The headlines read “Why Healthcare Workers are Quitting in Droves,” “Docs are Leaving Practice,” and “Physician burnout declared a public health crisis.” The side-gig, financial independence retire early (FIRE), and non-clinical career posts pop up in my daily professional media feeds. Believing in the power of suggestion, I wonder if I should start looking for career number two.
Start. That’s a joke. I have been fantasizing about career number two every weekend I have been on-call since I started practicing. The list is a fabulous assortment of things I have always wanted to do or at least sounded better than what I was doing at the moment: park ranger, dog-walker, neuropsychology researcher, novelist, pianist, personal trainer, entrepreneur. Usually by 7 a.m. Monday, when the pager quiets, my dysphoria also abates, and I can look back on the good that came from my recent misery. It is kind of like childbirth.
There are many reasons my colleagues are leaving in droves. It has been covered exhaustively, so I will not belabor the details. Too much administrative oversight, lack of respect from peers/patients/public, not enough support for non-clinical tasks, compensation challenges, and of course, adapting our practices to a long-haul pandemic are at the top of the list. The cumulative weight of these stressors can be too much to bear. I experience all of these too! Should I carry on? Dog-walkers don’t seem stressed. Why should I stay?
The daily reminders of how terrible it is to be a doctor make me want to mope into work like Eeyore. Instead, I am going to try to find a reason why I should not leave today.
Today, I am not leaving clinical practice because I like the clinical practice part of my job. There is no thrill like coaxing a stubborn tumor out of a person’s head and then having a chat with the person afterward. I am as excited as the patient that they can now raise their leg, use a fork, or say a sentence. If you have ever watched interviews on NOVA or other science shows, you would have noticed how the scientists’ eyes get wide with excitement as they reveal the intriguing secrets behind the humongous fungus or the mystery of eel reproduction. I am that kind of nerd. Brain tumors are fun to remove, and I would like to keep doing that.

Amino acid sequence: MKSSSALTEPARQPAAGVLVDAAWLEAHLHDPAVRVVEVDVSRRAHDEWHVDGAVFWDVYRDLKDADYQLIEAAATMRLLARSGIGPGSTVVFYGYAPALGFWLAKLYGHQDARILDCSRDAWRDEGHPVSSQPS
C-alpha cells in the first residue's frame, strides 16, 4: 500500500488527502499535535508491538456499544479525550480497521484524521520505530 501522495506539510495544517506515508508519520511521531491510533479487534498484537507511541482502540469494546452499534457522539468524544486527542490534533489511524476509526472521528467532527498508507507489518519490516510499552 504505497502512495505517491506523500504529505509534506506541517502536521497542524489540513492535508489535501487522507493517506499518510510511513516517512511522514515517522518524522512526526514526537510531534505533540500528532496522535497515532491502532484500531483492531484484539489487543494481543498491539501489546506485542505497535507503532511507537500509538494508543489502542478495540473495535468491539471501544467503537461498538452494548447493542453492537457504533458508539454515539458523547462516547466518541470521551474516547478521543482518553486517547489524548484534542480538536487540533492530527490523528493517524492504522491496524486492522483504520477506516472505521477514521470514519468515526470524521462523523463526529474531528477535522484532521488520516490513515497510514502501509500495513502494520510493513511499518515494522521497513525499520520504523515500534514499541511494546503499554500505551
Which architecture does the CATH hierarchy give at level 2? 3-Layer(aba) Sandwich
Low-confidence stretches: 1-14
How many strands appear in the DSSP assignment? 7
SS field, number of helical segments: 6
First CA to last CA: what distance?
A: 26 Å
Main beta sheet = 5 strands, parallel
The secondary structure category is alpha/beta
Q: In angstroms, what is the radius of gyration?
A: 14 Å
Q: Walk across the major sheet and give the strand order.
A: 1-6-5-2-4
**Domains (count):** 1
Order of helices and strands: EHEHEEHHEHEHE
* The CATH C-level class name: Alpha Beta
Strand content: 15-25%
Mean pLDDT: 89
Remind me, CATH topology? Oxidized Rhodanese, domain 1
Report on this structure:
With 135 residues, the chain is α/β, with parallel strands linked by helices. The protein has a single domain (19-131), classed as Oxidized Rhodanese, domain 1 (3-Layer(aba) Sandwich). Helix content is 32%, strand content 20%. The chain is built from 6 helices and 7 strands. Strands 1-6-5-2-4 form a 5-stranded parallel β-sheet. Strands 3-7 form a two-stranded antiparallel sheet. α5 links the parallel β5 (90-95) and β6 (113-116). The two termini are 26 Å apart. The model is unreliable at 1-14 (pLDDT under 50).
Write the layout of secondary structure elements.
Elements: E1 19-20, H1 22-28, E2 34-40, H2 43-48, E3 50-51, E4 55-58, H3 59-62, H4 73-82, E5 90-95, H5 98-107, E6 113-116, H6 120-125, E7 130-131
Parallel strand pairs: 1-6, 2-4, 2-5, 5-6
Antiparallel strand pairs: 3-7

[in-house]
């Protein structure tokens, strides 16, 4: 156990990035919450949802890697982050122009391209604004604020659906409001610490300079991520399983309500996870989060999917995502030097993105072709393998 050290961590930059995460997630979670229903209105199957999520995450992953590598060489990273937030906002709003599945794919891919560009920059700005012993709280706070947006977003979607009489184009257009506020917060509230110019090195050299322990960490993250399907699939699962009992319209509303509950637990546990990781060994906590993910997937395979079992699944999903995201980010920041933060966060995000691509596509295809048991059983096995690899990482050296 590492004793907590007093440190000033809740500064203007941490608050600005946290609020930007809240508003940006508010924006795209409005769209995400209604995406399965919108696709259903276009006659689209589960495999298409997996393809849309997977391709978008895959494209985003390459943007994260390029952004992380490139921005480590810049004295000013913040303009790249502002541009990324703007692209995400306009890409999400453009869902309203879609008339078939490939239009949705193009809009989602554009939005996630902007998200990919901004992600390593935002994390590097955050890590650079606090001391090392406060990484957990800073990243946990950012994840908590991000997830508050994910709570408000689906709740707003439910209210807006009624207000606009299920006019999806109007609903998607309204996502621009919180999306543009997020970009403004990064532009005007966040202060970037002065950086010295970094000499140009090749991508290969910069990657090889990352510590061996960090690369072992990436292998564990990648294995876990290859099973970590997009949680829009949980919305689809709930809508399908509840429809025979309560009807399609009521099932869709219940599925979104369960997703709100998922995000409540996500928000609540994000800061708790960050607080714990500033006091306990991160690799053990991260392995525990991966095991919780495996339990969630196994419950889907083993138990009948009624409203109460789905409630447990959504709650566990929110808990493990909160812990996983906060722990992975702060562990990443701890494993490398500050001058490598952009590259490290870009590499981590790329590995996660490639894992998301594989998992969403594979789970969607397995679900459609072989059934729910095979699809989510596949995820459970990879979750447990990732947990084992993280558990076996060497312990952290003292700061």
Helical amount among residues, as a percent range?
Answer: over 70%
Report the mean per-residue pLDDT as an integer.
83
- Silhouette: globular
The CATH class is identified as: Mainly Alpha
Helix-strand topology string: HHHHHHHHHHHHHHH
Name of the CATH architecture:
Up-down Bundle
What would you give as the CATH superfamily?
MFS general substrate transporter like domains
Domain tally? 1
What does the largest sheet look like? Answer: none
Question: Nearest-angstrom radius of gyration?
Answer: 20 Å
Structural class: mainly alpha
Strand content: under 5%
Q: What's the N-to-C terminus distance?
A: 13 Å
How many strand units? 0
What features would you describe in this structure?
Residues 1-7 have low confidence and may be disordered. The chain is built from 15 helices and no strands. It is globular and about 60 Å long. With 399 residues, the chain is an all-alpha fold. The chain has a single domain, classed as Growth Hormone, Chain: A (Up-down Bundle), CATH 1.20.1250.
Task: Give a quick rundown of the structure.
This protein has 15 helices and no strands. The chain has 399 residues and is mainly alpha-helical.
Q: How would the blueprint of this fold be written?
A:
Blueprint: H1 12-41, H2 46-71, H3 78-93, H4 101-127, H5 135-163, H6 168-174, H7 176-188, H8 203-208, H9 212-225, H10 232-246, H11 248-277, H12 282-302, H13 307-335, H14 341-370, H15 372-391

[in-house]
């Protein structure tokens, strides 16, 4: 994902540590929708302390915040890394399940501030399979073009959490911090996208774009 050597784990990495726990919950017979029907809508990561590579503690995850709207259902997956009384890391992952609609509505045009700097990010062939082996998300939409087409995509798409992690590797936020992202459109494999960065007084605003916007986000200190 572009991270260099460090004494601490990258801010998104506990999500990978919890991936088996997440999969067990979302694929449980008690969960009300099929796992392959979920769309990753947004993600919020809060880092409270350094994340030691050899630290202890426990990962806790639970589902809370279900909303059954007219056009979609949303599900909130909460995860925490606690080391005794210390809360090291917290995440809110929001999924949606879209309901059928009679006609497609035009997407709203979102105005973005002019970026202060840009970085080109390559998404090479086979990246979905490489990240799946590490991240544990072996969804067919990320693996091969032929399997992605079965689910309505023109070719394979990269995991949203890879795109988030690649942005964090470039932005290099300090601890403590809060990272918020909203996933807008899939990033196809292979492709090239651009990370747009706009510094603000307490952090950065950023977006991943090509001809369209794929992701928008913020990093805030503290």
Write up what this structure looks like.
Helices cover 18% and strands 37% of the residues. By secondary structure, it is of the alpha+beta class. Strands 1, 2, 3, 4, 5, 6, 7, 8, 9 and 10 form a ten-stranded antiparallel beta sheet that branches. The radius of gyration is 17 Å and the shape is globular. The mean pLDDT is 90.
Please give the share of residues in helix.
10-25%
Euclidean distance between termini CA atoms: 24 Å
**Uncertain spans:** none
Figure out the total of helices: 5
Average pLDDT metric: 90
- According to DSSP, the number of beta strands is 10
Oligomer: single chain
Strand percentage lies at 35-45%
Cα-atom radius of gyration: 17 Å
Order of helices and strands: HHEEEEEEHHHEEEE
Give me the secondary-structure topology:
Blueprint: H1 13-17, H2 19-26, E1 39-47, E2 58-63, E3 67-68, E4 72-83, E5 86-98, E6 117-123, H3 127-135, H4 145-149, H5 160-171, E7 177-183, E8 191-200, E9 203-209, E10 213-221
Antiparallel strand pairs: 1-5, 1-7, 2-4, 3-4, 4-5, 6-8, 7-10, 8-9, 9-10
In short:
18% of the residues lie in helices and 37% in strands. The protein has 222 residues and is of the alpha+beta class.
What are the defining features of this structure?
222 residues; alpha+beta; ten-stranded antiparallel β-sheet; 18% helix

Today, I will be excited about the clinical parts and pretend there are no workers’ compensation forms in my inbox that have me quantifying how many hours per day my patient can bend/stoop or do high-impact vibratory tasks (like I can test that in the office?). I will spend more time in front of the patients than in front of the computer screen curating a progress note that the patient will read on MyChart and ask me to edit, please. She was doing BODYPUMP, not yoga, when she hurt her back.
While I am having an inner pity party all weekend long over the dark hour injustice of having to operate on someone who did something stupid and has little chance of surviving, all will be forgotten when they wake up and show me two fingers.
Today I will stay.
Barbara Lazio is a neurosurgeon.
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